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January 7, 2010

Indian media gets an African safari treat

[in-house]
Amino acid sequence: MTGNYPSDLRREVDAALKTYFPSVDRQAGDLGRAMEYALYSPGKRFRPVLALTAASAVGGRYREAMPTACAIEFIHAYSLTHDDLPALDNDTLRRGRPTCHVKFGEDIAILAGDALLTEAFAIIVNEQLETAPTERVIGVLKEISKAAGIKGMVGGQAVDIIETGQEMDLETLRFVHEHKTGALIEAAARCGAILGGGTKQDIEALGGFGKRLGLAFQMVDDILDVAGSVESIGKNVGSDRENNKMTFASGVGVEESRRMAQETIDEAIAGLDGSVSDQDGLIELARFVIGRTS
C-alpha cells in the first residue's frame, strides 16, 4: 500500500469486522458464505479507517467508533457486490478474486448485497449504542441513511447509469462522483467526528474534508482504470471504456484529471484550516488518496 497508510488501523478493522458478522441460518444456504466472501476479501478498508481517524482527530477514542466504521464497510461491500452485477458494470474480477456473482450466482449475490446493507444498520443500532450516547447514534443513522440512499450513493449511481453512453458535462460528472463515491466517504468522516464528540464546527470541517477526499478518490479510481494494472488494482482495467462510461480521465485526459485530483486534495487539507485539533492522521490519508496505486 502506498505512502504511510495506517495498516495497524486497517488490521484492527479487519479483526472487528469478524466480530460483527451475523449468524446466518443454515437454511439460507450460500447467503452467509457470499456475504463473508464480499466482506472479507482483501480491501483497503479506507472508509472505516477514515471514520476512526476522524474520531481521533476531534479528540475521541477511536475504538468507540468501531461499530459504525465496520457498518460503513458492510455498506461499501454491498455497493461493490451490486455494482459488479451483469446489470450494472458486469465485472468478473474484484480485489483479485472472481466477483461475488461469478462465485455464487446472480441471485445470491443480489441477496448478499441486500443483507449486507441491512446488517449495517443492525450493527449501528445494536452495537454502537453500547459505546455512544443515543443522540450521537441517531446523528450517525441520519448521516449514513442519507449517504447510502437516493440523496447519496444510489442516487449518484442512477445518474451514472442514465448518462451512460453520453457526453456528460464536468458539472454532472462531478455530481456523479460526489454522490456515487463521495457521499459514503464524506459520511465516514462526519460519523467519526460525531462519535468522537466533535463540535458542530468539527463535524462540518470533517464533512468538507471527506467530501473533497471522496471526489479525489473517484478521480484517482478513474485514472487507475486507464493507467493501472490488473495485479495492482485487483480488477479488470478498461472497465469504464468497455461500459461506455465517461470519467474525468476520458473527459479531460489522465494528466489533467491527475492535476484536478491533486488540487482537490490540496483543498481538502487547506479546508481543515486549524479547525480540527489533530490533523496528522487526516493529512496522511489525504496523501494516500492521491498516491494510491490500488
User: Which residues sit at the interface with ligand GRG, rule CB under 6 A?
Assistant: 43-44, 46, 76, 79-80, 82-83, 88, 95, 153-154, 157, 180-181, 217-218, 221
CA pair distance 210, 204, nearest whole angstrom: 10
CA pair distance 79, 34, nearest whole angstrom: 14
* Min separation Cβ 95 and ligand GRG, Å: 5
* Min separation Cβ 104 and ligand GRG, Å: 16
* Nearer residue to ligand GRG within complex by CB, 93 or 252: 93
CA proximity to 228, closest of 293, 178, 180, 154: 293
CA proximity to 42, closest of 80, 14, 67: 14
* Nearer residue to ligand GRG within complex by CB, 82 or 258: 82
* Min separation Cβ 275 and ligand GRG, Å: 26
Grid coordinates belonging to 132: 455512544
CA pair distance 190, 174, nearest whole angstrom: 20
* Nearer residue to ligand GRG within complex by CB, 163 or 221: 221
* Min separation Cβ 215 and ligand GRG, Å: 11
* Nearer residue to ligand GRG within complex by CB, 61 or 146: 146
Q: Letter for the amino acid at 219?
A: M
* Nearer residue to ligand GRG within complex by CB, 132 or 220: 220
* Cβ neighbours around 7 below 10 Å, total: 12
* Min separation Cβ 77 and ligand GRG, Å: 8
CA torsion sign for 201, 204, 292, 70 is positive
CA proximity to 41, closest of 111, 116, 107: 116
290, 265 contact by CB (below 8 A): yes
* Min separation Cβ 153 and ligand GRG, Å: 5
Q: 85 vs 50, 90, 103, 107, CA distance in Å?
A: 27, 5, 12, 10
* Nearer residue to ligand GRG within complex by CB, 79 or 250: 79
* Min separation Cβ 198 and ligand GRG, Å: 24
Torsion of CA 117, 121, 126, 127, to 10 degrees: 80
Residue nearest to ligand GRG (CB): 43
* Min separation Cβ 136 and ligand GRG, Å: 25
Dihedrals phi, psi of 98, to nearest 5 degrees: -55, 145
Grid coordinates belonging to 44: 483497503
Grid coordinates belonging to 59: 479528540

Lusaka (Zambia): Indian media persons accompanying Vice-President Mohammad Hamid Ansari on his three-day visit to Zambia were given an African safari treat on Wednesday afternoon after attending a series of official engagements in capital Lusaka. Originally scheduled to accompany the vice-president on his visit to the Livingstone National Park to see the world famous Victoria Falls, the media persons were a tad disappointed when they were informed that only the official delegation would be accompanying the visiting dignitary, as the Zambian Government could not make arrangements for a second aircraft. It was thought the journey to Livingstone could be undertaken by road, but when told that it was a seven-hour journey, the plan fizzled out. As compensation, however, the Indian High Commission here offered us a trip to the privately owned Chaminuka Lodge and Nature Reserve. The drive to the 10,000-acre reserve, which is owned by a Greek, was undertaken in very pleasant weather. An ideal getaway from Lusaka for a day, Chaminuka offered us an opportunity to commune with nature. This largest private nature reserve in Zambia has an abundance of wildlife. The owner of the reserve told us that were more than 5000 wild animals in the area, with only four lions and a hyena kept behind a wired fence. Though many options were offered to us to see these animals such as bush and botanical walks, horseback safaris and a history tour etc., we opted to see the more than 72 species of wildlife in top four-wheeled safari vehicles. Three safari vehicles were commandeered to take us through the reserve. The excitement among media colleagues was palpable, as they stopped their cars and safari vehicles to see the wild animals comfortably placed in their natural habitat several times with wonder in their eyes and voices. The lions and the hyenas appeared quite disinterested by this unscheduled intrusion into their space. The hyena, in particular, scampered off into the bush. The ranger accompanying us told us that the elephants were partially domesticated, but were allowed to roam the grassland during the day. A particular treat were the giraffes and the assortment of deer - such as the Roan, the Eland, the Black Buck, the Sable. What was amazing to see were the deer literally flying across the ground as soon as they heard the sound of the approaching vehicles. Some of them jumped distances of three to five feet in the air. It was "mob mentality" at it's finest. A couple of warthogs were also seen scampering away on seeing us, as also the Burchell Zebra nibbling away at the wild grass. Chaminuka is also designated as an important bird area because of its variety of habitat, ranging from the savannah to forest, to man-made lakes with marsh and reed beds. We were told that there are over 300 species of bird, including the Blue-Neck Ostrich, which has been re-introduced into Zambia after becoming extinct in the 1940s. The nearly two-and-a-half hour stay inside the reserve concluded with a visit to the Makonda Lodge where we were shown an exquisite collection of contemporary African paintings and sculptures, as well as traditional artifacts acquired from all over Africa over a period of 50 years. The collection showcased African culture and a way of life nurtured over the centuries. At 30 dollars per individual, this safari was worth undertaking.
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